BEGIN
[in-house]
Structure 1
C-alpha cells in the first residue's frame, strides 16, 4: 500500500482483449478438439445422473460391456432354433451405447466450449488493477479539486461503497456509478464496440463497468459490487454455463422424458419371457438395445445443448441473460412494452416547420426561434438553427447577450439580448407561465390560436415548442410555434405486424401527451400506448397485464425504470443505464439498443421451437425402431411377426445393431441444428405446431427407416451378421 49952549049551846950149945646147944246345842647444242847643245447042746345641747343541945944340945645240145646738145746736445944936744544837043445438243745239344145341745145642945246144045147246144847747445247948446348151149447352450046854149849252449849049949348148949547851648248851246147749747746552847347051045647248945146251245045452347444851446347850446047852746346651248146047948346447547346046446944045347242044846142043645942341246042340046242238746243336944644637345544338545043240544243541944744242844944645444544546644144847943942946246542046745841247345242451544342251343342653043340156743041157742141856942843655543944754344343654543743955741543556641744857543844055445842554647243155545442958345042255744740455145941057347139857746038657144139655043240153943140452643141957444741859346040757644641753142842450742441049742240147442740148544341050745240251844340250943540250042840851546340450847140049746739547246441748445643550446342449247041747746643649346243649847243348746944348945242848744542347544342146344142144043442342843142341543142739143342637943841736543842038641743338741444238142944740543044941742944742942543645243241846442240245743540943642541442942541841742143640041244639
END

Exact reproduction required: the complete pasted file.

[in-house]
Structure 1
C-alpha cells in the first residue's frame, strides 16, 4: 500500500482483449478438439445422473460391456432354433451405447466450449488493477479539486461503497456509478464496440463497468459490487454455463422424458419371457438395445445443448441473460412494452416547420426561434438553427447577450439580448407561465390560436415548442410555434405486424401527451400506448397485464425504470443505464439498443421451437425402431411377426445393431441444428405446431427407416451378421 49952549049551846950149945646147944246345842647444242847643245447042746345641747343541945944340945645240145646738145746736445944936744544837043445438243745239344145341745145642945246144045147246144847747445247948446348151149447352450046854149849252449849049949348148949547851648248851246147749747746552847347051045647248945146251245045452347444851446347850446047852746346651248146047948346447547346046446944045347242044846142043645942341246042340046242238746243336944644637345544338545043240544243541944744242844944645444544546644144847943942946246542046745841247345242451544342251343342653043340156743041157742141856942843655543944754344343654543743955741543556641744857543844055445842554647243155545442958345042255744740455145941057347139857746038657144139655043240153943140452643141957444741859346040757644641753142842450742441049742240147442740148544341050745240251844340250943540250042840851546340450847140049746739547246441748445643550446342449247041747746643649346243649847243348746944348945242848744542347544342146344142144043442342843142341543142739143342637943841736543842038641743338741444238142944740543044941742944742942543645243241846442240245743540943642541442942541841742143640041244639